The other night the nostalgia channel Antenna (lots of reverse-mortgage ads) screened a double bill of Twist Around The Clock and Don’t Knock The Twist. The headin’-to-Broadway reunion of The Rascals, Once Upon A Dream, traces the group from its beginnings, including some members’ tenures with Joey Dee & The Starliters at the Peppermint Lounge. The newly-reconstituted Mavericks (http://emscee.com/foolsparadise/?p=1348) are on the road and killing with their “Guantanmera”>”Twist And Shout” medley. So a whole lot of twistin’ goin’ on lately, and I’ve spent the last couple of nights zipping through the dizzyingly entertaining book Peppermint Twist by John Johnson Jr. and Joel Selvin, the story of how organized crime and the pop music business linked arms in the early ‘60s to cash in on the Twist phenomenon, and how a nightclub in Manhattan’s Times Square area meant to be a little mob investment became the hippest place to be. It’s like if Hesh, the music industry mobster from The Sopranos, turned up in an early season of Mad Men, and everyone from Cassius Clay (before he became Muhammad Ali) to Sam Cooke to Murray The K to JFK to Morris Levy (the well-connected head of Roulette Records) to The Beatles made cameo appearances.
The book’s central figure, and collaborator, is Dick Cami — son-in-law of mob guy Johnny “Futto” Biello — who was given the Peppermint Lounge to operate and was as surprised as anyone when the crowds started to show up to shimmy to Joey Dee’s combo, crammed onto the tiny dance floor, while the young, pre-Spector Ronettes shook their stuff as the club’s in-house twist ensemble. Then the action cuts to Miami Beach, where The Beatles want to meet Twist originator Hank Ballard (he’s less than enthused), Clay turns up with his date Dee Dee Sharp (“Mashed Potato Time”), Frank Sinatra throws a nightclub chair off a balcony, Jayne Mansfield shows John Lennon her breasts, Nat King Cole sits in on keyboards with a twist band. It’s like a big pop-culture circus imagined by Martin Scorsese, and you can see why it was first developed as a movie idea: these are terrific scenes that capture that period between Kennedy’s inauguration and Beatlemania, when part of the culture was hanging on to its highballs at the Fontainebleau Hotel and the kids were turning on the radio and tuning intoAmerican Bandstand and Chubby Checker became, for a moment, Psy.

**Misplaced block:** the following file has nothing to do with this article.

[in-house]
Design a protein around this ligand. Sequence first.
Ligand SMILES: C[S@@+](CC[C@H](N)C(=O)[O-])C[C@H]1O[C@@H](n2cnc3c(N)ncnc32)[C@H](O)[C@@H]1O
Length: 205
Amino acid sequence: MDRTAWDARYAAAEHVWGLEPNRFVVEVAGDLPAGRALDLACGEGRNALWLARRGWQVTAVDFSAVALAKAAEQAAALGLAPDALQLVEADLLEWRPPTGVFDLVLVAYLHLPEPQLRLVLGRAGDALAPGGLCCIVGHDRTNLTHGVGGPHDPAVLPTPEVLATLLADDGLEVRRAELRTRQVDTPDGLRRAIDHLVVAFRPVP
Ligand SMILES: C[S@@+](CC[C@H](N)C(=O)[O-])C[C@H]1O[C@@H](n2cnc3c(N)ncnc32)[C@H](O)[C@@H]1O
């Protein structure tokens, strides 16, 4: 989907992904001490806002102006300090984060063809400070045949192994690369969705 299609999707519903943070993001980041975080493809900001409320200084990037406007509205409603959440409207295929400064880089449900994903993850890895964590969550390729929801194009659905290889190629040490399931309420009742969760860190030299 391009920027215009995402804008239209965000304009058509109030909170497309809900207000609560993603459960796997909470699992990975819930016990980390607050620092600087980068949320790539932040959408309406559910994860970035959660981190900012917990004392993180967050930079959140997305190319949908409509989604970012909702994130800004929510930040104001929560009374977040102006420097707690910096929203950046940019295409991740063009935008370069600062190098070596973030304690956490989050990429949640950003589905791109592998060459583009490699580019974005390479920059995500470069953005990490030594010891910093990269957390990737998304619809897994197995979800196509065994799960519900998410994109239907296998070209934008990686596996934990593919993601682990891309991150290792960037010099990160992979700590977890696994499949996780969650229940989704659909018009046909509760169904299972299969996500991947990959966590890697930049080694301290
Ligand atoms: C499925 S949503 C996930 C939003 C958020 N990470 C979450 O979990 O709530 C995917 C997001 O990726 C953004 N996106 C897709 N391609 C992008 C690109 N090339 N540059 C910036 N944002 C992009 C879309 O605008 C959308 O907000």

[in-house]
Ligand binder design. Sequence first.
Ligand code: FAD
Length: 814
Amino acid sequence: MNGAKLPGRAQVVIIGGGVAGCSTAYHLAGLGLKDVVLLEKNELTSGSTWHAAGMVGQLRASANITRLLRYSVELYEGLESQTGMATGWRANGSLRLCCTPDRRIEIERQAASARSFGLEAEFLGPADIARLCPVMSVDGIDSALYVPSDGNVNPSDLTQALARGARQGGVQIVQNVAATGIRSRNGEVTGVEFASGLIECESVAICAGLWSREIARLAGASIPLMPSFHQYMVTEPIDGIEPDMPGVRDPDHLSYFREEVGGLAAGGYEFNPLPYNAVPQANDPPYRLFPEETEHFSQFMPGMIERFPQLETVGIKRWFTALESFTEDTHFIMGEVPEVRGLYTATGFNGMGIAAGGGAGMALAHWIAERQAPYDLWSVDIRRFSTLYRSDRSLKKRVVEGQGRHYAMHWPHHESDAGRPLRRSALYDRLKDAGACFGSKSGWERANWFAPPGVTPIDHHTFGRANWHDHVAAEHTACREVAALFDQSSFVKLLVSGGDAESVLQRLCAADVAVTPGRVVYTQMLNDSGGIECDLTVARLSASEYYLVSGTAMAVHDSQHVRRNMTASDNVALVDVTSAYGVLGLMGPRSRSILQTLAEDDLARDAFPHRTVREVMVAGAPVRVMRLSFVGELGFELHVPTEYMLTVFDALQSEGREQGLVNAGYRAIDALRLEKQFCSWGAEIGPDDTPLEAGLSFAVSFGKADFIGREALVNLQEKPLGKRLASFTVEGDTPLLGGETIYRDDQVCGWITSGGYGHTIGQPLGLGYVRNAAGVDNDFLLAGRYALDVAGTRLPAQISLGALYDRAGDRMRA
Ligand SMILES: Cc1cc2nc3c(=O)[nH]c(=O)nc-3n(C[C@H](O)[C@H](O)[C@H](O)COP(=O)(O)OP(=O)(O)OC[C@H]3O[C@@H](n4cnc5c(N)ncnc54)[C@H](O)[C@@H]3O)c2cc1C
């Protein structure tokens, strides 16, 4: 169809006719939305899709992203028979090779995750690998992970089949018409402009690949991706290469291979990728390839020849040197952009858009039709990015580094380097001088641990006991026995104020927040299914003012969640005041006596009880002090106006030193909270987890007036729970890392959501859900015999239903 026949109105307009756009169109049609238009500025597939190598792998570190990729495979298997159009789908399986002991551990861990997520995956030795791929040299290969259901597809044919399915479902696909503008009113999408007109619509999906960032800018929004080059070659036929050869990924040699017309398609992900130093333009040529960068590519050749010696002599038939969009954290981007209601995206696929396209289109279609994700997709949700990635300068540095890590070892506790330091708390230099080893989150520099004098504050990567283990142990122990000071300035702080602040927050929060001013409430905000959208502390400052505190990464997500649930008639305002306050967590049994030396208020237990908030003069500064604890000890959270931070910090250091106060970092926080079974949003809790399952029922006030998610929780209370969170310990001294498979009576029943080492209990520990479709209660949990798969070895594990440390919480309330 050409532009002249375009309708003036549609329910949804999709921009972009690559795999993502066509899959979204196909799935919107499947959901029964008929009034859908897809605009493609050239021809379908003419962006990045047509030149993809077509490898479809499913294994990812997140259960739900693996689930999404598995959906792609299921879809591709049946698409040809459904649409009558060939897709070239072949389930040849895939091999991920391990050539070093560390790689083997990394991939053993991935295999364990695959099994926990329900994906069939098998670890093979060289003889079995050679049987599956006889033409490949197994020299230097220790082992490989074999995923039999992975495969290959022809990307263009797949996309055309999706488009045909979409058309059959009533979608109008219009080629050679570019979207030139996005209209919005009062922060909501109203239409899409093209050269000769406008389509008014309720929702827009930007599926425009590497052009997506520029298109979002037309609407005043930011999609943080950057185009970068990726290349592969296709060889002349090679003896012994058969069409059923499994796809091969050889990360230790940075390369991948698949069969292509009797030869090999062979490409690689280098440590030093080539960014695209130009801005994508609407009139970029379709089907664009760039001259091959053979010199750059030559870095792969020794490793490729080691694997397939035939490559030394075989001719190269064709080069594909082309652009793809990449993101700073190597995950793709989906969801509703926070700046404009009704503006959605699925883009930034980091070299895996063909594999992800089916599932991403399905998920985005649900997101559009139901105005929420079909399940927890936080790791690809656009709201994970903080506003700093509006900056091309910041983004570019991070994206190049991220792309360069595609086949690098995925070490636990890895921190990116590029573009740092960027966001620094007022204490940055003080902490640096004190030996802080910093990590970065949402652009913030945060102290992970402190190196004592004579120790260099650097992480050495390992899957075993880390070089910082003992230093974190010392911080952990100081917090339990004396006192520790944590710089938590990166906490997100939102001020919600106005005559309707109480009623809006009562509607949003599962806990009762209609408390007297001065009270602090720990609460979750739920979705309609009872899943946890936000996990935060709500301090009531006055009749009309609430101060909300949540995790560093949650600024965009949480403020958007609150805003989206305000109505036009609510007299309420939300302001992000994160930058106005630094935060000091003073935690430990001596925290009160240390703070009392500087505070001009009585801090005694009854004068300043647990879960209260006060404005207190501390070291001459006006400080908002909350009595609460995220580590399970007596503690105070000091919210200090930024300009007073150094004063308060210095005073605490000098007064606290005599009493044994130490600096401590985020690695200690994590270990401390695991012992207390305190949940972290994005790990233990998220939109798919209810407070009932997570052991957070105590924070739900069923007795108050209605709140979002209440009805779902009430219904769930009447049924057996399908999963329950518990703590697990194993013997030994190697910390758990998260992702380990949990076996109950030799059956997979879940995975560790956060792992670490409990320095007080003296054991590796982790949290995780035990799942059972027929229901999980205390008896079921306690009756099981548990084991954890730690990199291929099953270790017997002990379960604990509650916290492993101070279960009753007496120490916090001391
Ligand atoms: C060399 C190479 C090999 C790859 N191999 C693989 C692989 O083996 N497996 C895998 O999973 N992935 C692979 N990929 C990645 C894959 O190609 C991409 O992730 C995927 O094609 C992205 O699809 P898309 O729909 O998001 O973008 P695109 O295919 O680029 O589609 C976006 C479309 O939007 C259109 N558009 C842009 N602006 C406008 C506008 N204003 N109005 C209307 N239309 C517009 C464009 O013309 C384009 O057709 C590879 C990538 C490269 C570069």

Bandstand was YouTube, “The Twist” was “Gangham Style,” and “Let’s Twist Again” became the first Pop Song Sequel: “Let’s Twist again, like we did last summer,” Checker suggested. “Do you remember when things were really hummin’?,” as though the events of a mere twelve months ago were already in the deep past and it was time to resurrect them. Things went really fast. The Twist didn’t last too long, and didn’t leave much of value behind. A few classic oldies (“Twist and Shout,” Sam Cooke’s “Twistin’ The Night Away,” maybe Gary U.S. Bonds’ “Dear Lady Twist,” and if you want to tack on The Contours’ “Do You Love Me,” where the newly-acquired ability to do the Twist bestows on the singer potential desirability, and The Marvelettes’ “Twistin’ Postman,” go ahead), and some vintage film clips, and the distinction of kicking off the whole dancing-apart thing (says Chubby, although the Cha-Cha-Cha and the Stroll didn’t have much body contact). It’s sad to read the last chapter of Peppermint Twist, where Checker doesn’t seem to grasp what happened, why he isn’t given credit for, as he sees it, revolutionizing the culture.
It wasn’t about him, although he was the most visible practitioner of the Art of Twisting, the star of those two movies shown on Antenna the other night (Joey Dee also turned up in a film, Hey Let’s Twist, which is maybe infinitesimally better than the Checkers). His recording of “The Twist” was a faithful cover of the original by Hank Ballard and The Midnighters (down to the Ballardesque “eee-yah!” vocal punctuation) and became a hit mainly due to the promotional efforts of Dick Clark, and there were a couple of other Checker Twist hits (“Let’s Twist Again,” “Slow Twistin’” with Dee Dee), but the fad that started in 1960 had petered out by the time 1962 was over. Twist Culture eventually evolved into Go-Go Culture (a transition chronicled in Peppermint Twist), and there weren’t that many artifacts of the Twist Age that survived. Everyone in the mob and the music industry simply moved on to the next profitable things: what did they care if it was Ska, or Bossa Nova, or the British Invasion? You go where the customers are; that’s what pop is about, catching a ride on what’s now. The Twist was a moment when everything became silly (sitcoms and variety shows quickly pounced on it as comedy fodder), and it had to fizzle. There is a famous film clip of The Beatles at the Peppermint Lounge with Murray The K, Ringo out on the dance floor with one of the club’s dancers, and it’s like everyone is saying, enough with that, that was fun, now let’s go, we’ve got stuff to do.